There Is Always Hope!
“We were very poor and lived day by day.”
I came to Utah with my four children as refugees from the Congo. When I came to the LDS Humanitarian Center, I did not know what to expect. My English was not very good and I did not know what job I could do. I had no professional training. We were very poor and lived day by day.
I told my job coach I wanted to learn English so I could find work to support my children. I was a hard worker and willing to learn. She looked at me in the eyes and told me that I am a daughter of God, and there is always hope. She also told me that even though I come from a poor background, what counts is my willingness to learn and to work hard. Together we made a plan. I would attend the ESL class at the Humanitarian Center and do my best to follow the suggestions of the teacher and do my assignments.
Because I have four children, I had to take care of them first. I had to look for a good daycare and also a good school. They needed a school that would help them with their lack of English. One of my children has behavior issues, so I needed a school with a behavior therapist too. We also needed an affordable place to live, for when the government assistance ended.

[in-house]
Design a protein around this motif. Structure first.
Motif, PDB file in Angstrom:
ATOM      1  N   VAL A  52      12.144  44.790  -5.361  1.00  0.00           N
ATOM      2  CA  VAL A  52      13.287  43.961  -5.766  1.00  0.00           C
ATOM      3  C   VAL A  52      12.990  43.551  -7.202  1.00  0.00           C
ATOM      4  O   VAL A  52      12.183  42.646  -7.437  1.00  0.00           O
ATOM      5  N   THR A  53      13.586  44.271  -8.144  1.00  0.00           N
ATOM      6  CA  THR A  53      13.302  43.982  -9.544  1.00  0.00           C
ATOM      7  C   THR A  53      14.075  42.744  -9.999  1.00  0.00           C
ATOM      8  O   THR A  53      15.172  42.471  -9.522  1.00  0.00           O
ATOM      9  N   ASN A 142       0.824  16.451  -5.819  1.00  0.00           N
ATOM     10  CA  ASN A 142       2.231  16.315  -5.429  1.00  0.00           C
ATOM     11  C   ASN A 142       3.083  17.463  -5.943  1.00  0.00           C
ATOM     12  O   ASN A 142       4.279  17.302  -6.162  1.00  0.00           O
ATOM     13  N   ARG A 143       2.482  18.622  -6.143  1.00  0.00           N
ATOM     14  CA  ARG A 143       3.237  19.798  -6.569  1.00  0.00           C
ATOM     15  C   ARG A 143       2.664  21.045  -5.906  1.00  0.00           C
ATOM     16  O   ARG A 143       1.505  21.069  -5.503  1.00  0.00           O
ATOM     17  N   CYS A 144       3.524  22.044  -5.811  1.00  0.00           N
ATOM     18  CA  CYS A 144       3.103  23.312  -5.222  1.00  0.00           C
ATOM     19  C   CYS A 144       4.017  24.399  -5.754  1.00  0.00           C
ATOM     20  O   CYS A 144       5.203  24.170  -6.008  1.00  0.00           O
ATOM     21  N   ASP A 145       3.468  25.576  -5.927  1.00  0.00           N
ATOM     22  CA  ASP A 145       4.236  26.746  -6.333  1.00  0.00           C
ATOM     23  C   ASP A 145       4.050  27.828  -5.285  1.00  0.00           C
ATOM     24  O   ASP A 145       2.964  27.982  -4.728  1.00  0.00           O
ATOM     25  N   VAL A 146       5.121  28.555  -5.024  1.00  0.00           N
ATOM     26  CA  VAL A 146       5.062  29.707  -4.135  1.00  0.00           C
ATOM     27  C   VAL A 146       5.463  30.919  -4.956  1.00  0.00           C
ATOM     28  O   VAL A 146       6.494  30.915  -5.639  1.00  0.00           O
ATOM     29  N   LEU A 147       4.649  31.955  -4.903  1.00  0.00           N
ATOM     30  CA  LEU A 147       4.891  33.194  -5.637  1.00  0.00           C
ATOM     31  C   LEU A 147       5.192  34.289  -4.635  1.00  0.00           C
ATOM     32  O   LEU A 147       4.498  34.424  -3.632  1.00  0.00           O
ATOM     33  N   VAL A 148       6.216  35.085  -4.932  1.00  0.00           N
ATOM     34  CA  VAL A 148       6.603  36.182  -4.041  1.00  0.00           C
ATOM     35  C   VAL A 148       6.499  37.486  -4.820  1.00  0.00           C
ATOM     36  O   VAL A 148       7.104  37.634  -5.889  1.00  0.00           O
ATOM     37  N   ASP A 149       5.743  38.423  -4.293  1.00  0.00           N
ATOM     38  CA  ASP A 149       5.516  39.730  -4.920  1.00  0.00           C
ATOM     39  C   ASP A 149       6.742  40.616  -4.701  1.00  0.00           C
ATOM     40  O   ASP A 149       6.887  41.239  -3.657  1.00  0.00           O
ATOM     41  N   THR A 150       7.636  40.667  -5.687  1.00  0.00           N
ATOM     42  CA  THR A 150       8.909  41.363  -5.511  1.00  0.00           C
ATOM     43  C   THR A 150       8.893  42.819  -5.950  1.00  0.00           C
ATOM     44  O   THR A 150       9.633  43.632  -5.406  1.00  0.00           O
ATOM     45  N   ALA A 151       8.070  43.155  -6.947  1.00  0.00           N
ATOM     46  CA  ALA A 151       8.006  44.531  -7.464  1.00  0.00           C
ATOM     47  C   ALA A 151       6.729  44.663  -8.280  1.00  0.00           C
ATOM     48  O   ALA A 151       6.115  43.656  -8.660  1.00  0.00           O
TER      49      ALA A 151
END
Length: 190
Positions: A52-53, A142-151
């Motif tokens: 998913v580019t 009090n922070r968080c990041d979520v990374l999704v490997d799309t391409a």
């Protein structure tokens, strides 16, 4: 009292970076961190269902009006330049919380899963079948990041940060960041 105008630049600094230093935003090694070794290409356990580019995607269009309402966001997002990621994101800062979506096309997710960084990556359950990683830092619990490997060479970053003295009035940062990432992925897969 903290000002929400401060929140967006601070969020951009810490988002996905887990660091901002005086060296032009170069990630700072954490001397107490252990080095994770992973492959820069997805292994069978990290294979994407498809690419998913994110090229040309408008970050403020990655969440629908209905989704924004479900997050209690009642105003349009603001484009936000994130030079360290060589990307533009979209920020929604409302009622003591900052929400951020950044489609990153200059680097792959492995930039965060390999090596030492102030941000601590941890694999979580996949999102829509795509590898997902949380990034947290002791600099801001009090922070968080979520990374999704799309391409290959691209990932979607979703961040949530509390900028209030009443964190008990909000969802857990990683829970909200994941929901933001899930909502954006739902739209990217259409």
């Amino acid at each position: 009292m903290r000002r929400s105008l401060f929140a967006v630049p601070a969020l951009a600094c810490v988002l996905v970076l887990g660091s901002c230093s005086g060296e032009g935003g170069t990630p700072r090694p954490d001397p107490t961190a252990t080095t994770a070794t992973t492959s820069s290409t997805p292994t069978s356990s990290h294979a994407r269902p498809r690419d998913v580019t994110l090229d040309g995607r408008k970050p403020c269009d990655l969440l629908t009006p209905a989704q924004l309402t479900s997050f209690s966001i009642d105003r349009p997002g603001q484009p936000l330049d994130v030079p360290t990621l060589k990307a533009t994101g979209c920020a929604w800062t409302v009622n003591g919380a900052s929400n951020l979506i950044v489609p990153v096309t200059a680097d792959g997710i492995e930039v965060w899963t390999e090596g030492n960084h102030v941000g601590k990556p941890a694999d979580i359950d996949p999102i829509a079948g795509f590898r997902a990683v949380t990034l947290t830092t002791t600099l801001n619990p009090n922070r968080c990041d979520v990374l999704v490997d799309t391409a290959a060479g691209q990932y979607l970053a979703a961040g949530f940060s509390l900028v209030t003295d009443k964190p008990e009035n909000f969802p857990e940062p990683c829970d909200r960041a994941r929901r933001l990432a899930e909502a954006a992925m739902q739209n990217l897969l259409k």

I was overwhelmed. I could not do it by myself. Together we broke down everything into little steps. We used the help of my case worker, development counselor, and mentor. I thought I had too many things to fix and change, but everything fell in the right place. My life became more organized and I was able to focus on the training I needed to get a job.
My job coach, my development specialist, my mentor, and all of the staff members at the Humanitarian Center treated me with respect and love. My job coach was with me every step of the way. She came to my interviews, coached me, hugged me when I needed it, and showed me I could work and be successful.
I never dreamed that I could have a well-paid job with benefits, as someone who speaks little English and has never worked before. I found a good job as a dishwasher. I have a badge stating that I am a staff member of a large hospital. I am respected and loved by the manager of the cafeteria. I am treated like everyone else in the kitchen and my direct supervisor values my opinion. I make enough money to be proud of myself and to provide for my children.
In less than 18 months, I found a new vision for my life. I was given the opportunity to forget about my past and the confidence to look forward to my future. I am very grateful and happy that I walked into the Humanitarian Center. I not only was given the tools to improve my English and work skills, but I was given hope. I look forward to my future and I am thrilled.
"I thought I had too many things to fix and change, but everything fell in the right place."
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